‘I am the shooter,’ declares defendant at start of Fort Hood trial

The trial of accused Ft. Hood shooter Maj. Nidal Malik Hasan began on Tuesday in Texas.

Hasan is representing himself, which means he will be cross-examining many of the people he is accused of shooting.

He said in his opening statement that “the evidence will clearly show that I am the shooter," according to the Associated Press.

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Hasan, an American-born Muslim, added later that it also would show "that we are imperfect Muslims trying to establish the perfect religion ... I apologize for any mistakes I made in this endeavor."

The trial got underway amid heavy security, as a long row of stacked shipping freight containers created a makeshift fence around the military courthouse, The Associated Press reported.

Hasan is charged with killing 13 people and injuring 32 others in the massacre at the Texas base in 2009 and could face the death penalty.

Staff Sgt. Alonzo Lunsford, who was blinded in his left eye in the shooting, told CBS News that the questioning from Hasan will be “extremely hard” for him to deal with.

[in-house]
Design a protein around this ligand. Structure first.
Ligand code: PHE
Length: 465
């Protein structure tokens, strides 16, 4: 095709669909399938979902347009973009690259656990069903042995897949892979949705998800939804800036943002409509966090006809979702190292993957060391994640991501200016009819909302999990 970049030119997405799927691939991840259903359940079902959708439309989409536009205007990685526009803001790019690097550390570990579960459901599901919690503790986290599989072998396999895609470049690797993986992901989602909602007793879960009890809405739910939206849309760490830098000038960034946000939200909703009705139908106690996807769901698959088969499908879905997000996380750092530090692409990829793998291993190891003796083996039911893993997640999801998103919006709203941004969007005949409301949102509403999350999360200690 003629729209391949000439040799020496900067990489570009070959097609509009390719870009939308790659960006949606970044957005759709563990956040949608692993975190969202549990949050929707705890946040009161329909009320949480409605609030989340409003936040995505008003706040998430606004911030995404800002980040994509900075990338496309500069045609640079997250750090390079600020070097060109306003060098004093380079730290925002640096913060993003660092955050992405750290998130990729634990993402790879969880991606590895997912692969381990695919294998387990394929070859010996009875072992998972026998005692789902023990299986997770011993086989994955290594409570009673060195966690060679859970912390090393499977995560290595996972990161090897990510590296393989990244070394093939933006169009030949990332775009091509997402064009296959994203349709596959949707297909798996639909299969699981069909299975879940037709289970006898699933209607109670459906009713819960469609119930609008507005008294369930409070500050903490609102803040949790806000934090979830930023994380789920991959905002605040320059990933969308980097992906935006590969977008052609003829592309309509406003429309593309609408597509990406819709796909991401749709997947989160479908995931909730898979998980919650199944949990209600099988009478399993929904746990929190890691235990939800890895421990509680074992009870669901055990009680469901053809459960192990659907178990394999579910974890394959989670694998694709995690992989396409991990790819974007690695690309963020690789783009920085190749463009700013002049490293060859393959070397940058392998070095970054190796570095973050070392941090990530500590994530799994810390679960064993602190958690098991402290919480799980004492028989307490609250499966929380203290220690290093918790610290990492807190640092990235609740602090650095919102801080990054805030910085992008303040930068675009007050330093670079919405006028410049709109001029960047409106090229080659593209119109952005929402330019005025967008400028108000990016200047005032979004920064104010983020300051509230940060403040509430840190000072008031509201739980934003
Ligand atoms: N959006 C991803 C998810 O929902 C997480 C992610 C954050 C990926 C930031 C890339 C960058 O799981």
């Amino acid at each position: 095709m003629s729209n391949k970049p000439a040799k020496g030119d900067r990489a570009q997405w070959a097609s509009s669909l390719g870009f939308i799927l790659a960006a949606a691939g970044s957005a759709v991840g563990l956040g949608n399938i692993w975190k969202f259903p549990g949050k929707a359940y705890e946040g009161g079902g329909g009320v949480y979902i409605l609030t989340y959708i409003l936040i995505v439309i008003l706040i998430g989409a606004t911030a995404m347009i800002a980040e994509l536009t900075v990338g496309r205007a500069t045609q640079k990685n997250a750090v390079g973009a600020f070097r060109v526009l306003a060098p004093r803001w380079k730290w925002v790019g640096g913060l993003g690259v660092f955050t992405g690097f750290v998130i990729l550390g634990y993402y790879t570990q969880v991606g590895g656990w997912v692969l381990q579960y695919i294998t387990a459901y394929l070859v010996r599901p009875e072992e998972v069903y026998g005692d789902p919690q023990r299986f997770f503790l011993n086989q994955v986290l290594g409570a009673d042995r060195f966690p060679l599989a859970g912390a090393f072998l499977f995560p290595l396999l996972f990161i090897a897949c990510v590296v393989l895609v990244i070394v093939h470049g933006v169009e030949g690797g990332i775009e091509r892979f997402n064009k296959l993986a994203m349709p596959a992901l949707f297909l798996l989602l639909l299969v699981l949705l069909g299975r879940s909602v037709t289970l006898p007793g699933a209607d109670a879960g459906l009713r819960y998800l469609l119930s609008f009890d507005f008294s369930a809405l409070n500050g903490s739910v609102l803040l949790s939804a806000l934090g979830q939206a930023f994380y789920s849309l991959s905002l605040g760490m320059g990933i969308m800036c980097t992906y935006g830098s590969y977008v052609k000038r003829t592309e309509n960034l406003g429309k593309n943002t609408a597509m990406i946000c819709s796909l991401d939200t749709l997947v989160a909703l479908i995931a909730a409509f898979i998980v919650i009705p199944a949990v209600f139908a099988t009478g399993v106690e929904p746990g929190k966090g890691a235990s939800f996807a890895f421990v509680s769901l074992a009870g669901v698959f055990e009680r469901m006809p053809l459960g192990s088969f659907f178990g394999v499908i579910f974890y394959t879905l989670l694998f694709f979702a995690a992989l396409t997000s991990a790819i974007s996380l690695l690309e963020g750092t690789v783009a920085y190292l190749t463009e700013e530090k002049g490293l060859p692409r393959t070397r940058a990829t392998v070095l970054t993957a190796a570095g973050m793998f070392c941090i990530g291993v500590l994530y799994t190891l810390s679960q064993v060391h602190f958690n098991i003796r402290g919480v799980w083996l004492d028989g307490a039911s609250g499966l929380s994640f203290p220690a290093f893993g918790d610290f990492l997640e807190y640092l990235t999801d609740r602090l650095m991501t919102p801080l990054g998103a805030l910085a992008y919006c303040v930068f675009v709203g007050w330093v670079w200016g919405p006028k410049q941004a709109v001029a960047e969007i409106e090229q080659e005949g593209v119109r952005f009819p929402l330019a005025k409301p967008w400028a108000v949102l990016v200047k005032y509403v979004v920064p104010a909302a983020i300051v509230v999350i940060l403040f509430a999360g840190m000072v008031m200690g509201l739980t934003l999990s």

"It's going to be very difficult," he said. "Because inside me, I want him to physically feel what it feels like to have his life in my hands.

"No matter what type of smirk or what time of smart comment that he comes out with, I stay on point, on topic, straight to the point," Lunsford said.

In his opening statement, military prosecutor Col. Steve Henricks said that Hasan deliberately targeted soldiers and planned to "kill as many soldiers as he could,” according to the AP.

Henricks said that Hassan sought to clear the area of civilians before he started shooting, telling one woman that a supervisor was looking for her elsewhere.

"He then yelled 'Allahu akbar!' and opened fire on unarmed, unsuspecting and defenseless soldiers," Henricks told the jury, according to the AP.

The military judge Col. Tara Osborn said that the trial could last several months.